By Toby Shulruff My family and I live in Portland, Oregon – which is both geographically and symbolically out on the edges of American Jewish life. My husband and I work outside of Jewish community. Our neighborhood is a little oasis of diversity in the very white northwest –our neighbors are from all over the world, often recent immigrants from Africa, Latin America, and South Asia. I love raising my kids to know all our neighbors, and at the same time, it makes our connection to Jewish life all the more precious. Finding a Jewish community for our family took a long time. Though Portland might sound like the frontier, it actually has more than eight shuls, a Jewish museum, and even an Unshul! But for my family, we want the Torah learning of the Chasidim, with the social justice of Heschel, with a heavy dose of Earth-based mysticism, gender equality and pluralism, interfaith connection, and lots of kids, all in an atmosphere of profound joy and ecstatic music. We have a hard time finding a home even when we are at home. Coming to Sukkahfest at Isabella Freedman Jewish Retreat Center in Falls Village, Connecticut is a return to […]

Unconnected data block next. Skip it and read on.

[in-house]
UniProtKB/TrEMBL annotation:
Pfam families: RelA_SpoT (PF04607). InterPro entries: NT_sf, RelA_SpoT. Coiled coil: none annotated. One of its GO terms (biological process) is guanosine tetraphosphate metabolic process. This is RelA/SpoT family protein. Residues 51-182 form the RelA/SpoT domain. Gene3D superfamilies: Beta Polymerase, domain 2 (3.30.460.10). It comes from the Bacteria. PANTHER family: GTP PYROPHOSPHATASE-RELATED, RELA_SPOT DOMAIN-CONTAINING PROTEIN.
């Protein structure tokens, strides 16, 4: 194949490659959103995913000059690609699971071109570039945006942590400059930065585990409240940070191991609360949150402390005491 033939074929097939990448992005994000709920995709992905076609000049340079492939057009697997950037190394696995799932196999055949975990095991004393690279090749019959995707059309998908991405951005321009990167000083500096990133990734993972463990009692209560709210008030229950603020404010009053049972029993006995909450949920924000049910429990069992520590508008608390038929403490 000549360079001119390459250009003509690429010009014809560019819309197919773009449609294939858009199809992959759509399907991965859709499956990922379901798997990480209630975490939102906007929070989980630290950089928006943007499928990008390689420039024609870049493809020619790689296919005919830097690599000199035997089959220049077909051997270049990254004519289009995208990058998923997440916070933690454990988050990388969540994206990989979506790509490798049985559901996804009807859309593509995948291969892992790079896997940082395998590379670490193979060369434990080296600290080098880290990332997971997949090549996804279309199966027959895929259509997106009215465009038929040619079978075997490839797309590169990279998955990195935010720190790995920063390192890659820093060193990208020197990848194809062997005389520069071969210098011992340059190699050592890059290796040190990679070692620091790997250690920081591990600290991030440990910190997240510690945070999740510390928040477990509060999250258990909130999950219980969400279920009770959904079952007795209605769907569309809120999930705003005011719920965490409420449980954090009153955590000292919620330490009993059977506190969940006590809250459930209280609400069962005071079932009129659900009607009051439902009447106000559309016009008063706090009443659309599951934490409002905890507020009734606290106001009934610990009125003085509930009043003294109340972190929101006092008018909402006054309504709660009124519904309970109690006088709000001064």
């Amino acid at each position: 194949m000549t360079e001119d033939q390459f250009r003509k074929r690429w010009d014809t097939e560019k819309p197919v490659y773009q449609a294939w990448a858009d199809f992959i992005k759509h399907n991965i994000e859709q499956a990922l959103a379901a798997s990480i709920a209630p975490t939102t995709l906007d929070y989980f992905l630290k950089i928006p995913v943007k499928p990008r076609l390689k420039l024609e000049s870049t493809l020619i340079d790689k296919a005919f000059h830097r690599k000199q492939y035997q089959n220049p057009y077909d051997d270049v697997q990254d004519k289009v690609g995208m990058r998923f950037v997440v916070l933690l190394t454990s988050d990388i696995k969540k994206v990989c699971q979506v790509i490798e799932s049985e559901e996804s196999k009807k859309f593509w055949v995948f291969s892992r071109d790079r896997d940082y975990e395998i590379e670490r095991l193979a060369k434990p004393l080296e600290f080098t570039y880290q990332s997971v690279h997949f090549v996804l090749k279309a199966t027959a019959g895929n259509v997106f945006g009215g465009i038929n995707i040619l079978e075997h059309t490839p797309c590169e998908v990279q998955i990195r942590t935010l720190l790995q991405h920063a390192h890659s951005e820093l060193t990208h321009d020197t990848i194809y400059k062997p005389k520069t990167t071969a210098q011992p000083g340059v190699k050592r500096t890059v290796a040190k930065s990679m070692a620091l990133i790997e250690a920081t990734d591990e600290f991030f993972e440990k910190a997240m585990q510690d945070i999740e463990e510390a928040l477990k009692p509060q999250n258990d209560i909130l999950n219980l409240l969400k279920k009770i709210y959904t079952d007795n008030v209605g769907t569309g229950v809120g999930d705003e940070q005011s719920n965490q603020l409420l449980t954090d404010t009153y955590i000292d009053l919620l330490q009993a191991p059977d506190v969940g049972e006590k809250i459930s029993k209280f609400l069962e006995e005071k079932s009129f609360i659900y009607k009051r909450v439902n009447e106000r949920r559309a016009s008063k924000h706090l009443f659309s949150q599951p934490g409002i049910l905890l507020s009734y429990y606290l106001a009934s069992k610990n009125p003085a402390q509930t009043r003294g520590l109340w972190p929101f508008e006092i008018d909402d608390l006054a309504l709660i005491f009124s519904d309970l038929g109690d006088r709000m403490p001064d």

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What Sukkahfest Means to Me

By Rhonda Greif Upon entering Isabella Freedman you are greeted by a warm welcoming wooden sign “We are blessed by your arrival.” This just about sums up the overall feeling of good cheer that surrounds Sukkahfest from beginning to end and stays with you long after you have physically left the grounds. Sukkahfest is truly a unique experience. After having just returned from #5, I’m excited to share what Sukkahfest means to me and my family.  Five (5) focuses for Five (5) Sukkahfest celebrations: Sukkat Shalom. This is the focal point of the entire stay and is decorated simply but beautifully. From that first evening, you are enveloped by the soft lighting which invites you in and makes you feel right at home.  Farm-to-Table. Food at Isabella Freedman is incredible. A delicious variety of meat, chicken and fish (and vegetarian), tons of amazing vegetables, great soups plus seemingly endless bottles of both red and white wines and yummy challah (don’t forget the honey).  Fall Foliage. The natural beauty of the area enhances the Sukkahfest experience tenfold. One of my favorite activities is just walking on the road towards the Adama farm and the small quaint town nearby admiring the gorgeous […]

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Meet the Hakhel Advisors: Noa